Urban Politics #27: Special Urban Politics Press Release

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By City Councilmember Nick Licata.

Urban Politics (UP) blends my insights and information on current public policy developments and personal experiences with the intent of helping citizens shape Seattle’s future.


Special Urban Politics Press Release

Re: The Draft Environmental Impact Statement published by the Public Stadium Authority on the economic impact of the new Football Stadium.

The football stadium Draft Environmental Impact Statement (DEIS) was prepared in a manner that grossly overstates the football and exhibition hall financial contribution to the city of Seattle. More Importantly the shortfall could lead to the City further subsidizing professional sports. It is critical that the Seahawks pick up all auxiliary costs, such as traffic control and fire safety concerns, and not the city.

Unfortunately, the public did not have ample opportunity to review the DEIS and reach this or any other conclusion because copies of the Draft Environmental Impact Statement for the Football/Soccer Stadium and Exhibition Center Project were not available for public review at neighborhood branch libraries in the city of Seattle prior to the Public Hearings on February 10, 1998, and February 12, 1998. As of February 13, 1998, they were still not available.

In addition, ads in various newspapers announcing the public hearings said that copies of the DEIS will be available at local public libraries… . The Central Library was the only library where the DEIS was available in the city of Seattle.

The DEIS documents are over 3 inches thick. Obviously a large amount of time is necessary to review it. Seattle residents without other means of reviewing the DEIS have missed at least half the period for written comment without an opportunity to view it.

As a Result, I have requested that the PSA extend the public comment period for the DEIS beyond the March 9 deadline. In addition, I believe an additional public hearing may also be warranted.

Summary Of My Office’s Analysis Of The DEIS —

The DEIS forecasts a net fiscal benefit to Seattle of $3.9 million for the year 2003 (in 1997 dollars). However, this figure includes $2.2 million in revenue projected from the operation of the baseball ballpark . This reduces the net fiscal benefit to $1.7 million. In addition, $1.1 million currently collected under Seattle’s Admissions Tax generated by non-baseball revenues will no longer be available, reducing the net fiscal benefit to $0.6 million. This yields a figure of $0.6 million.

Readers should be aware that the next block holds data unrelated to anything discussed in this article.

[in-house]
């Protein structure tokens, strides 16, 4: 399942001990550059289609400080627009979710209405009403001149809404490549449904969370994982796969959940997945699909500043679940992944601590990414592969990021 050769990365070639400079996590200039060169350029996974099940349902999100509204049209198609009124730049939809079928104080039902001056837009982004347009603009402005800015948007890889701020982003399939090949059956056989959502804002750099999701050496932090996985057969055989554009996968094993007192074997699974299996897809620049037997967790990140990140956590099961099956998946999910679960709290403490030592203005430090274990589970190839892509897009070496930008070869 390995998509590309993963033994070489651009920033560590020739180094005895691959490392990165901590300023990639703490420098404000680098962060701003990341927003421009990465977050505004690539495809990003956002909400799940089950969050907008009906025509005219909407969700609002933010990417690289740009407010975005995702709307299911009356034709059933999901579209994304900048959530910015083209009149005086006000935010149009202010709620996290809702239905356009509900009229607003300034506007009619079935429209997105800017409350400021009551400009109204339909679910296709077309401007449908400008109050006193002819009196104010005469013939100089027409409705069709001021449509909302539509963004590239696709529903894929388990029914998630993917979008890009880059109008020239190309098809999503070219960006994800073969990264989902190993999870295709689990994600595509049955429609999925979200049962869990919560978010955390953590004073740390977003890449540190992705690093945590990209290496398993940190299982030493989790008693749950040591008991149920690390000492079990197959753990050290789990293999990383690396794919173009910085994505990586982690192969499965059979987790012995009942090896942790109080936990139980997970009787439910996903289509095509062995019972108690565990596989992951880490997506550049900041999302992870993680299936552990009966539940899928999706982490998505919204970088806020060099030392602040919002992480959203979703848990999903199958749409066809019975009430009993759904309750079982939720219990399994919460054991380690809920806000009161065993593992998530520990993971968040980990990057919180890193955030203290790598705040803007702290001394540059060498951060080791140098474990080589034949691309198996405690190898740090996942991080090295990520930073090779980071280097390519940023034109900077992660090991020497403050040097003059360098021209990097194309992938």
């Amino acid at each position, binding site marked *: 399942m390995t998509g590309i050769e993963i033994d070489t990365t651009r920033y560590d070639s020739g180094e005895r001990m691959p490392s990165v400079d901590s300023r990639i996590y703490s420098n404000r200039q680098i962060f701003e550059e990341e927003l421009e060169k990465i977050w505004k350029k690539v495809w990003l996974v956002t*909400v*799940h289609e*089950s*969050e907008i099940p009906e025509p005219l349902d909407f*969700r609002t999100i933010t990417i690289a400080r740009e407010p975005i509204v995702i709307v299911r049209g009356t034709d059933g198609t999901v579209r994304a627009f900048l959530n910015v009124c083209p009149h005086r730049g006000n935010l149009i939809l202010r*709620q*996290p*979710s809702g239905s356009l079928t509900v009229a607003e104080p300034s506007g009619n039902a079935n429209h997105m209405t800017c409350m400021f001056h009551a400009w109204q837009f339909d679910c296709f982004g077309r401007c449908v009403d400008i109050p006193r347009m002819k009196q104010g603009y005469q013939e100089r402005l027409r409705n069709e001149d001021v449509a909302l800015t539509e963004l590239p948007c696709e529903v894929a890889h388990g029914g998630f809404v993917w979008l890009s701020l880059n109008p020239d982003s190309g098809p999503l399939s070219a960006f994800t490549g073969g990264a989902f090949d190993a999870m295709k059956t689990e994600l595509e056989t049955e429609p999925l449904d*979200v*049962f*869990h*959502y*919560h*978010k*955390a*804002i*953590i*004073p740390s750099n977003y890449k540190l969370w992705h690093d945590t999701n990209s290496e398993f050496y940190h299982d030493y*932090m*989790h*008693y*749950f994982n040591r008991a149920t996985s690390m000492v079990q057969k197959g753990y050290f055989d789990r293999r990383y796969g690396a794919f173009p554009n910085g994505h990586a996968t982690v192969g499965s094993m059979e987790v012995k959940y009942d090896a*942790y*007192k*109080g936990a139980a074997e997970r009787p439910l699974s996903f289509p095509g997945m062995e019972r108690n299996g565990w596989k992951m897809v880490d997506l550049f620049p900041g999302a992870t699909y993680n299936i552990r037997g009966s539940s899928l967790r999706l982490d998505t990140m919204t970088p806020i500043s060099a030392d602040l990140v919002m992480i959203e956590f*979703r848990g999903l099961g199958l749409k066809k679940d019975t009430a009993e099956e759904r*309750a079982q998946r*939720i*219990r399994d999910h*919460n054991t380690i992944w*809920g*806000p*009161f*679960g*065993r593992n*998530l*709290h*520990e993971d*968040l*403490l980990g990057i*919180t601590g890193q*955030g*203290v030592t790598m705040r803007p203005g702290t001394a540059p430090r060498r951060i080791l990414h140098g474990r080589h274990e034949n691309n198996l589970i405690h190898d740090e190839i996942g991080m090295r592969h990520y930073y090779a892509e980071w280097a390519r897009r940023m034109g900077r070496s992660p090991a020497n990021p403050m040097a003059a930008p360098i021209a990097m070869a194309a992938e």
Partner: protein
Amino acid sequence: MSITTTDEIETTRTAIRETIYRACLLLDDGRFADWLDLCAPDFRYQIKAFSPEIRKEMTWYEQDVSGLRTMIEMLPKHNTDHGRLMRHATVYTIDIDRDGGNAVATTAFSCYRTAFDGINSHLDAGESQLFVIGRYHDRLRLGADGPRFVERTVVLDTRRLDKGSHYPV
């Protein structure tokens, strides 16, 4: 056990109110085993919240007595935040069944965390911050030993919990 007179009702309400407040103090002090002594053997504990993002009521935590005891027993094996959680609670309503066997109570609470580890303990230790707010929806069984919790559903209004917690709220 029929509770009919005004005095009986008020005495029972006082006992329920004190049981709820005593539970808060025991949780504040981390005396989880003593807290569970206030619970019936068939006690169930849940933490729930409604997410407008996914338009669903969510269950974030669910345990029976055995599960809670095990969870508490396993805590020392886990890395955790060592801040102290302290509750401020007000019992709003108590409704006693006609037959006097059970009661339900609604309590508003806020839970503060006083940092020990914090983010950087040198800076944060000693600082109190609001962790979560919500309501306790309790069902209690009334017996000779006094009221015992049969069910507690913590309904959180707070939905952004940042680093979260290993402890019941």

This figure is based on two major assumptions:

1) football attendance will be at 99% capacity for 20 years, for eleven games per season (eight regular-season games, two preseason, and one playoff). How many teams have that kind of record?

2) that there will be a Major League Soccer franchise in Seattle in 2003. The actual existence of the league by 2003 is questionable.

If, for example, Seahawk attendance is at 87% capacity (what it was last year) for the new football stadium for the entire 11 games, a loss of $0.3 million is sales tax revenues would be seen. The same is true if a Major League Soccer franchise does not come to Seattle. Consequently the projected net revenue of $600,000 to the city is based on some fairly big premises. If these projections fall short, the City’s net revenue could approach zero.

The DEIS proposes that increased tax revenues to Seattle from the new football stadium pay for covering the cost of police and fire protection. This is an unreliable assumption given the above figures.

The City must be adament that the Paul Allen’s enterprise pick up all additional costs associated with both the new stadium and the exhibition hall. Otherwise the City will be asked to provide further public subsidies.

Special thanks to my legislative assistant, Newell Aldrich, for working on the analysis of the DEIS and to citizen Bruce Miller for alerting my office to their absence in our neighborhood libraries.

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